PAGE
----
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My just completed organ

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My just completed organ

Postby TimM » Sun Mar 19, 2017 6:20 pm

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I've just finished (except for final tweaking) my Hauptwerk organ, which I've been working on since October. I hope that it's an inspiration to aspiring builders, because I'm not a professional woodworker, and all I have in my tiny basement shop is a cheap Black and Decker table saw, a thirty-year-old bandsaw, and an ancient drill press. My organ is not a masterpiece, but I think it's pretty nice.

Before I cut the first piece of wood, I designed the whole console using 123D Design, a remarkably powerful yet free 3D design program. That way I could ensure that all measurements met AGO specs for things like height of manuals, setback of pedalboard from key tip of bottom manual, and so forth, as well as height of music rack, front-to-back depth (under 30 inches so it could go through standard doors), width to perfectly enclose the pedalboard (which I bought used on eBay), and a million other limitations. Doing that with pencil and paper, or in my head (!!!) would have been insane. When everything was perfect, I could read the dimensions of the components right off the screen. It felt like a lot of up-front work, but the payoff when construction began was enormous.

It was tempting to build a three-manual console, especially since the cost and work for three manuals is trivially greater than that for two manuals. However, the main purpose of this organ is to give my wife, our church organist, a high quality practice instrument at home. Her church organ, despite being the best pipe organ in the area, has just two manuals. Also, she has a shoulder problem that makes it difficult to comfortably reach a third manual. So two it was.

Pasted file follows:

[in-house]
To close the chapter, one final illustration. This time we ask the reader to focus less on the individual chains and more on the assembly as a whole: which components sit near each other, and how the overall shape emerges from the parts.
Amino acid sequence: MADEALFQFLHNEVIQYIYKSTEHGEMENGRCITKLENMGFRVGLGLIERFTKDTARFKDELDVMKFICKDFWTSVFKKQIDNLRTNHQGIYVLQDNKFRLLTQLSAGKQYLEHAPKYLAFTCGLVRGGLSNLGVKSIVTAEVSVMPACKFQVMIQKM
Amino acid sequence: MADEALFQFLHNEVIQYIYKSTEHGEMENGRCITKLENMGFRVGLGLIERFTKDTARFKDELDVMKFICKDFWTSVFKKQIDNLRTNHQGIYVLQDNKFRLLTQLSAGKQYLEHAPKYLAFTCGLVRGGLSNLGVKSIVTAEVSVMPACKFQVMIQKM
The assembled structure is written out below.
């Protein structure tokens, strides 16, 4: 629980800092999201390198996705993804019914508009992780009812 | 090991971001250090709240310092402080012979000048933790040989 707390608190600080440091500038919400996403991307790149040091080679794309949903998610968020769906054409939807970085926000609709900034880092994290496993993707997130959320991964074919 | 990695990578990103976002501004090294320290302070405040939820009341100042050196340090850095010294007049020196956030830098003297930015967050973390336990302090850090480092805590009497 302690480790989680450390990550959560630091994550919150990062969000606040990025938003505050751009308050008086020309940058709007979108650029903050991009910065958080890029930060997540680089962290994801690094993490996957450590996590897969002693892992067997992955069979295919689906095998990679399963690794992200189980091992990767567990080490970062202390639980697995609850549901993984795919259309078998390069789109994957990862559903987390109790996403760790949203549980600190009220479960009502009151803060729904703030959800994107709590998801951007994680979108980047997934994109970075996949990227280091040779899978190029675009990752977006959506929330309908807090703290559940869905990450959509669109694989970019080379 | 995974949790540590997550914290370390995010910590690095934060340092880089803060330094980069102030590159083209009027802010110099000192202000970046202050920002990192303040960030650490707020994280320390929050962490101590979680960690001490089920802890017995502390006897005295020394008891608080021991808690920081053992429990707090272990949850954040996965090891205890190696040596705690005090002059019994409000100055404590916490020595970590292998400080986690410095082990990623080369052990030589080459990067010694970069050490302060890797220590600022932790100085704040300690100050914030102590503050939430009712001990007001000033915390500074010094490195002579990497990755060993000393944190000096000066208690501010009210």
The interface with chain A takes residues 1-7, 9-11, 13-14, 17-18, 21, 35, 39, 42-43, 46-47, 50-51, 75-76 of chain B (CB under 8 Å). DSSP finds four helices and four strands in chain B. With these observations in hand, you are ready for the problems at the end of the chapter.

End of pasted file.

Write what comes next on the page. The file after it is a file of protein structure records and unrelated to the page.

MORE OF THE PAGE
Neither she nor I have a lot of interest in exploring a wide variety of organs; we would rather focus on a couple and learn them well. Also, we both hate touchscreens, as they can be tricky to touch just right. And of course touch screens add significant width to a console, and we wanted compact. So instead of using touch screens, I laid out the six grouped divisions of the Rotterdam Laurenskerk organ and access the ranks with lighted stop buttons. This is enough stops to also handle the large French symphonic Caen St. Etienne organ, which I plan to implement soon. Between these two complementary organs we'll have more than enough to keep us busy!

The multiple divisions of these two humongous organs are mapped to two manuals using a clever technique suggested by Matt Arnold, who supplied all MIDI components and much valuable advice. The original Rotterdam Swell (Bovenwerk) is 'permanently' mapped to the console Swell, and the Great (Hoofdwerk) to the Great. Then, each console manual has three lighted couplers on their piston rails for the Rugwerk, Borstwerk, and Chamdewerk. Thus, any or all of these three extra divisions can be coupled to the console Swell, Great, or both. For the Caen, the Grand Orgue permanently maps to the Great, and the Recit to the Swell; the Positif can be coupled to either or both console manuals as with the Rotterdam. My wife is still dizzy looking at all those stop choices.